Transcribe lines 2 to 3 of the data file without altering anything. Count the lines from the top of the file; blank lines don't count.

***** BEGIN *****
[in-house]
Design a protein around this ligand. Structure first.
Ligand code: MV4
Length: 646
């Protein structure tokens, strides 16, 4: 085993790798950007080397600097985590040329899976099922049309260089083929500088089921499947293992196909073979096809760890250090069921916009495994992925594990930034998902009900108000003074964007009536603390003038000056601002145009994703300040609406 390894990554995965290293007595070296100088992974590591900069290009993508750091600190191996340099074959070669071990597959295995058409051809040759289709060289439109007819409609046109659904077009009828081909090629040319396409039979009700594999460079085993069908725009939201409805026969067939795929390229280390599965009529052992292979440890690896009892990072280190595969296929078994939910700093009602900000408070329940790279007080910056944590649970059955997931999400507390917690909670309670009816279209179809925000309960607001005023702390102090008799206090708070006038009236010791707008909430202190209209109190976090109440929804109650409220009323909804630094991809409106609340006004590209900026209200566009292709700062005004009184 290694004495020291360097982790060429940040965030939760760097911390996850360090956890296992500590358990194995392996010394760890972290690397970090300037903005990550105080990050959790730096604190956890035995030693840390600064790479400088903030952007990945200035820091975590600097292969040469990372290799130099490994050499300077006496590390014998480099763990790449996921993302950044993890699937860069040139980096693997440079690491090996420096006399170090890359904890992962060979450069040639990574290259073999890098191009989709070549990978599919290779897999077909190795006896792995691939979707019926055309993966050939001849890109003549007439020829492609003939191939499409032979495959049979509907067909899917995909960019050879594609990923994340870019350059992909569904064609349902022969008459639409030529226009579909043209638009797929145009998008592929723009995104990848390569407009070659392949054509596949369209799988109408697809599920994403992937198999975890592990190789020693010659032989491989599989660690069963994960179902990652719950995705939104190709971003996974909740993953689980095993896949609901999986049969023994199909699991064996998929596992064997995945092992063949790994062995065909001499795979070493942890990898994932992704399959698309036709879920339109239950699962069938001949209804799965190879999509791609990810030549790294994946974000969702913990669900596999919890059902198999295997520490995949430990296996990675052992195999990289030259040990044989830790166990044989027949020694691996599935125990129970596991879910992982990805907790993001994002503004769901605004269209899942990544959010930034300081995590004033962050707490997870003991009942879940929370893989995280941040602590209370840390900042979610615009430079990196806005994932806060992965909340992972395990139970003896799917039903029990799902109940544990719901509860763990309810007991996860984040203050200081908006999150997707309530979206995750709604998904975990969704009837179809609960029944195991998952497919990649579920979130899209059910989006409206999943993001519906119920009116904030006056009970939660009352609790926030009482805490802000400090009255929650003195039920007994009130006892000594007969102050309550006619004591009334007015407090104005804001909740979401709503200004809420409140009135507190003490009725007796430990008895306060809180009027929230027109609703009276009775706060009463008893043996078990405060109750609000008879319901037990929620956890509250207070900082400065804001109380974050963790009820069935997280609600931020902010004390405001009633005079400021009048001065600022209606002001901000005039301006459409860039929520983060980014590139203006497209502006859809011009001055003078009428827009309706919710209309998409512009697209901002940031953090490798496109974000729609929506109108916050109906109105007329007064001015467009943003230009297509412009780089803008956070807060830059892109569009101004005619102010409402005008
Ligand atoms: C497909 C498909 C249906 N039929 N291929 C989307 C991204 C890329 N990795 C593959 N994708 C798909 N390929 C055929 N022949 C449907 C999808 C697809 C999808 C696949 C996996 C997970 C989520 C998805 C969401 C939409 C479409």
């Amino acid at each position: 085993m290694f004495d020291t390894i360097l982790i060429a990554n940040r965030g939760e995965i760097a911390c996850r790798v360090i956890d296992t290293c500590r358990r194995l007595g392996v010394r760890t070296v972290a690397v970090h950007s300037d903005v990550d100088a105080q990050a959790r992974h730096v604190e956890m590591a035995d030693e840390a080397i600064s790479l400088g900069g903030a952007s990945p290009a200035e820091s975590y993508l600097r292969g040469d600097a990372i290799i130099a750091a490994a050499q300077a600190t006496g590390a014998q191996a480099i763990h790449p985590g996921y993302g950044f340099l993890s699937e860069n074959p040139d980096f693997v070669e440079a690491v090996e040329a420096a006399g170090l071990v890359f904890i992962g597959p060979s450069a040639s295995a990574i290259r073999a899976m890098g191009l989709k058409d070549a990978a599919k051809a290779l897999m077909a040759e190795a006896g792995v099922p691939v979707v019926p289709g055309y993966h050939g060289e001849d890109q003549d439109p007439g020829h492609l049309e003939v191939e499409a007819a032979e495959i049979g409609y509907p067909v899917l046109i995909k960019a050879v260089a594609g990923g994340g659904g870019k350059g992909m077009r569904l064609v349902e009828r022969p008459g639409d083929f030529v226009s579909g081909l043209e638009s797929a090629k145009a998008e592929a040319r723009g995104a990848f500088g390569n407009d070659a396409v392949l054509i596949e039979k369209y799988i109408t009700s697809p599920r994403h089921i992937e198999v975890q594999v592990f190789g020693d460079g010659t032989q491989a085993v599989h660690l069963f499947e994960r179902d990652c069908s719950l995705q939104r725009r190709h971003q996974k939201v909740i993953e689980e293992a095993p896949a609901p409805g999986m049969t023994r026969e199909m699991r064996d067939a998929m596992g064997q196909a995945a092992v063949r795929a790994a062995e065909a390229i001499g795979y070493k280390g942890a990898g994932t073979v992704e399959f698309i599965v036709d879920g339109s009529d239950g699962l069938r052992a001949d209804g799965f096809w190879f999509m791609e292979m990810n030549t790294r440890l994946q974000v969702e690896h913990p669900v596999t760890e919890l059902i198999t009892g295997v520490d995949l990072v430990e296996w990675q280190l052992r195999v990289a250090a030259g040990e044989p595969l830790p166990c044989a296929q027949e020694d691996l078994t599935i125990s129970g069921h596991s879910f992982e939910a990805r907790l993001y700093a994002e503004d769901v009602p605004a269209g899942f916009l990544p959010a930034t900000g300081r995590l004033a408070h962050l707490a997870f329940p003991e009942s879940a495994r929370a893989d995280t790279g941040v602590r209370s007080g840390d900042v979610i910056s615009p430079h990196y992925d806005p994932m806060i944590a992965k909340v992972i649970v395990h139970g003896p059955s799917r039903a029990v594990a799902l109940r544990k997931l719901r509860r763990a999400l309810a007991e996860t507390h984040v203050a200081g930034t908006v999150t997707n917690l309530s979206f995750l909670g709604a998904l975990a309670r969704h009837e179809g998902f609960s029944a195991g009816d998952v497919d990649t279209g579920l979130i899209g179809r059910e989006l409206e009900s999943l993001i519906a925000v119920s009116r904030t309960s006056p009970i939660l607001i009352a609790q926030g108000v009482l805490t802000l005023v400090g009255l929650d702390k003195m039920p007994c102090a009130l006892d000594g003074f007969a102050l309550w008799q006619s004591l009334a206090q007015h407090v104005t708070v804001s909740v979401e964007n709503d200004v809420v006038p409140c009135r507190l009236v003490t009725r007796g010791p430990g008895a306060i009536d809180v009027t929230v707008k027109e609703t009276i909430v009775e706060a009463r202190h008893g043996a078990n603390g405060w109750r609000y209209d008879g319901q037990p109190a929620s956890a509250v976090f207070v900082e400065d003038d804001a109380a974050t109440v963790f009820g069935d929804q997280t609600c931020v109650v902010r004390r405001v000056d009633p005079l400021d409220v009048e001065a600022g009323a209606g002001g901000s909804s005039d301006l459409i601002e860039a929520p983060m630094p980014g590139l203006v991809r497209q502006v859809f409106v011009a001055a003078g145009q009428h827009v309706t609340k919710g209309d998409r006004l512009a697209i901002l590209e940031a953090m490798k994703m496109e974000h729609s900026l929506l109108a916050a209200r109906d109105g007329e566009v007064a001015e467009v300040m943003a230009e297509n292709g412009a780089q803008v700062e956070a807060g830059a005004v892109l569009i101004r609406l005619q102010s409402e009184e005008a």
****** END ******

Design a protein around this ligand. Structure first.
Ligand code: MV4